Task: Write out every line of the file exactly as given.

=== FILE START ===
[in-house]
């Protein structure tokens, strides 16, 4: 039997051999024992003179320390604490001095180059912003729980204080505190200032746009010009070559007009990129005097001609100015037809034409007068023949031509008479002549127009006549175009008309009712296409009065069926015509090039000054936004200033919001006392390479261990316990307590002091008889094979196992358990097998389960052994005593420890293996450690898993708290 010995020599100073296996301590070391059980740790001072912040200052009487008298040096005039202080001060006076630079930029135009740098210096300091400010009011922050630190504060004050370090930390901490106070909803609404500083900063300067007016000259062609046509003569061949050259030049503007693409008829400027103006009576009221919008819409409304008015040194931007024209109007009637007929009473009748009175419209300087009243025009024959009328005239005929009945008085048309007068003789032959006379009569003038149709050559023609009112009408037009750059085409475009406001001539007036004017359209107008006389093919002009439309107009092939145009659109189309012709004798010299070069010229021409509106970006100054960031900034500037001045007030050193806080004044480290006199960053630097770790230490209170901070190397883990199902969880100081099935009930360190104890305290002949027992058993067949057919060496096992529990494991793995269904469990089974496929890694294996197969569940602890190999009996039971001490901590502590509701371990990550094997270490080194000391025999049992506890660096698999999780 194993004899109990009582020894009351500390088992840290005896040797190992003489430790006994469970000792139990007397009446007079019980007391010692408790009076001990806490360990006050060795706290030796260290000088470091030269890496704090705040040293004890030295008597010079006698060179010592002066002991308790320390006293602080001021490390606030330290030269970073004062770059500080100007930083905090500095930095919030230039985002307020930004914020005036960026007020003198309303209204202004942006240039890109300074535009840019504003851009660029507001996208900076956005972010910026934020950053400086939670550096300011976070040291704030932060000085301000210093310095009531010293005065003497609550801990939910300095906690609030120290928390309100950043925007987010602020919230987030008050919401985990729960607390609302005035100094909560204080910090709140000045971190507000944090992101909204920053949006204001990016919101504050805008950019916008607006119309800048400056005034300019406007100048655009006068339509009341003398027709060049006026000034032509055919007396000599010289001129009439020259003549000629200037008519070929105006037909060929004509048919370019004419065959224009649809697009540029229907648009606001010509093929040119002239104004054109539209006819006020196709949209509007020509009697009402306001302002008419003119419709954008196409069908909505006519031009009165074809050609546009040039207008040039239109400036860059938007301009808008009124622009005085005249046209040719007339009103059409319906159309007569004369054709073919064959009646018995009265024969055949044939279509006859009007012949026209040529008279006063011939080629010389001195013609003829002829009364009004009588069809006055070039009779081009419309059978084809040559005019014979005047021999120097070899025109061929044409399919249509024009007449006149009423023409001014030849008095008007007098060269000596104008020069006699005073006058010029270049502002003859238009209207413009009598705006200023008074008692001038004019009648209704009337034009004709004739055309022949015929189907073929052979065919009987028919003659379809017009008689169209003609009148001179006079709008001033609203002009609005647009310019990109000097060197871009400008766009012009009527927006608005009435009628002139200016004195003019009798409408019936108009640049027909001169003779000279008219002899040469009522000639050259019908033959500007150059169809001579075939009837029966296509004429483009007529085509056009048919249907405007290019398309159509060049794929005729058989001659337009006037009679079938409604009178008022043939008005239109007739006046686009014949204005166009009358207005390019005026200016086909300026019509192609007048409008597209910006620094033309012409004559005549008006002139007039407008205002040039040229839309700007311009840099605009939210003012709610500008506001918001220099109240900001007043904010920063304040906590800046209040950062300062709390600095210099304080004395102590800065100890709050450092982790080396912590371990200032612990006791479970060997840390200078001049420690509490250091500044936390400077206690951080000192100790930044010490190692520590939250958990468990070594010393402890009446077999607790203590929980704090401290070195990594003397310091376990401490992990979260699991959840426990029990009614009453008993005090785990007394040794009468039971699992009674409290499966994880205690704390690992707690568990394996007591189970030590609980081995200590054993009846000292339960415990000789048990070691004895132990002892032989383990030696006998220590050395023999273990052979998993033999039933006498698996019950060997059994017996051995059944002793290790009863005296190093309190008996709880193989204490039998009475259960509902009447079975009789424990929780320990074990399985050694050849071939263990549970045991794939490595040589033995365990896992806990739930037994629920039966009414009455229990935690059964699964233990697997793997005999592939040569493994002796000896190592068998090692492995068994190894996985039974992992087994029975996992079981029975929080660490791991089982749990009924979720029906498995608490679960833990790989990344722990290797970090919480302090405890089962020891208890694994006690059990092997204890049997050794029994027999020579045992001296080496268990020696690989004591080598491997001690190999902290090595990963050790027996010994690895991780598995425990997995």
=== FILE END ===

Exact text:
[in-house]
């Protein structure tokens, strides 16, 4: 039997051999024992003179320390604490001095180059912003729980204080505190200032746009010009070559007009990129005097001609100015037809034409007068023949031509008479002549127009006549175009008309009712296409009065069926015509090039000054936004200033919001006392390479261990316990307590002091008889094979196992358990097998389960052994005593420890293996450690898993708290 010995020599100073296996301590070391059980740790001072912040200052009487008298040096005039202080001060006076630079930029135009740098210096300091400010009011922050630190504060004050370090930390901490106070909803609404500083900063300067007016000259062609046509003569061949050259030049503007693409008829400027103006009576009221919008819409409304008015040194931007024209109007009637007929009473009748009175419209300087009243025009024959009328005239005929009945008085048309007068003789032959006379009569003038149709050559023609009112009408037009750059085409475009406001001539007036004017359209107008006389093919002009439309107009092939145009659109189309012709004798010299070069010229021409509106970006100054960031900034500037001045007030050193806080004044480290006199960053630097770790230490209170901070190397883990199902969880100081099935009930360190104890305290002949027992058993067949057919060496096992529990494991793995269904469990089974496929890694294996197969569940602890190999009996039971001490901590502590509701371990990550094997270490080194000391025999049992506890660096698999999780 194993004899109990009582020894009351500390088992840290005896040797190992003489430790006994469970000792139990007397009446007079019980007391010692408790009076001990806490360990006050060795706290030796260290000088470091030269890496704090705040040293004890030295008597010079006698060179010592002066002991308790320390006293602080001021490390606030330290030269970073004062770059500080100007930083905090500095930095919030230039985002307020930004914020005036960026007020003198309303209204202004942006240039890109300074535009840019504003851009660029507001996208900076956005972010910026934020950053400086939670550096300011976070040291704030932060000085301000210093310095009531010293005065003497609550801990939910300095906690609030120290928390309100950043925007987010602020919230987030008050919401985990729960607390609302005035100094909560204080910090709140000045971190507000944090992101909204920053949006204001990016919101504050805008950019916008607006119309800048400056005034300019406007100048655009006068339509009341003398027709060049006026000034032509055919007396000599010289001129009439020259003549000629200037008519070929105006037909060929004509048919370019004419065959224009649809697009540029229907648009606001010509093929040119002239104004054109539209006819006020196709949209509007020509009697009402306001302002008419003119419709954008196409069908909505006519031009009165074809050609546009040039207008040039239109400036860059938007301009808008009124622009005085005249046209040719007339009103059409319906159309007569004369054709073919064959009646018995009265024969055949044939279509006859009007012949026209040529008279006063011939080629010389001195013609003829002829009364009004009588069809006055070039009779081009419309059978084809040559005019014979005047021999120097070899025109061929044409399919249509024009007449006149009423023409001014030849008095008007007098060269000596104008020069006699005073006058010029270049502002003859238009209207413009009598705006200023008074008692001038004019009648209704009337034009004709004739055309022949015929189907073929052979065919009987028919003659379809017009008689169209003609009148001179006079709008001033609203002009609005647009310019990109000097060197871009400008766009012009009527927006608005009435009628002139200016004195003019009798409408019936108009640049027909001169003779000279008219002899040469009522000639050259019908033959500007150059169809001579075939009837029966296509004429483009007529085509056009048919249907405007290019398309159509060049794929005729058989001659337009006037009679079938409604009178008022043939008005239109007739006046686009014949204005166009009358207005390019005026200016086909300026019509192609007048409008597209910006620094033309012409004559005549008006002139007039407008205002040039040229839309700007311009840099605009939210003012709610500008506001918001220099109240900001007043904010920063304040906590800046209040950062300062709390600095210099304080004395102590800065100890709050450092982790080396912590371990200032612990006791479970060997840390200078001049420690509490250091500044936390400077206690951080000192100790930044010490190692520590939250958990468990070594010393402890009446077999607790203590929980704090401290070195990594003397310091376990401490992990979260699991959840426990029990009614009453008993005090785990007394040794009468039971699992009674409290499966994880205690704390690992707690568990394996007591189970030590609980081995200590054993009846000292339960415990000789048990070691004895132990002892032989383990030696006998220590050395023999273990052979998993033999039933006498698996019950060997059994017996051995059944002793290790009863005296190093309190008996709880193989204490039998009475259960509902009447079975009789424990929780320990074990399985050694050849071939263990549970045991794939490595040589033995365990896992806990739930037994629920039966009414009455229990935690059964699964233990697997793997005999592939040569493994002796000896190592068998090692492995068994190894996985039974992992087994029975996992079981029975929080660490791991089982749990009924979720029906498995608490679960833990790989990344722990290797970090919480302090405890089962020891208890694994006690059990092997204890049997050794029994027999020579045992001296080496268990020696690989004591080598491997001690190999902290090595990963050790027996010994690895991780598995425990997995």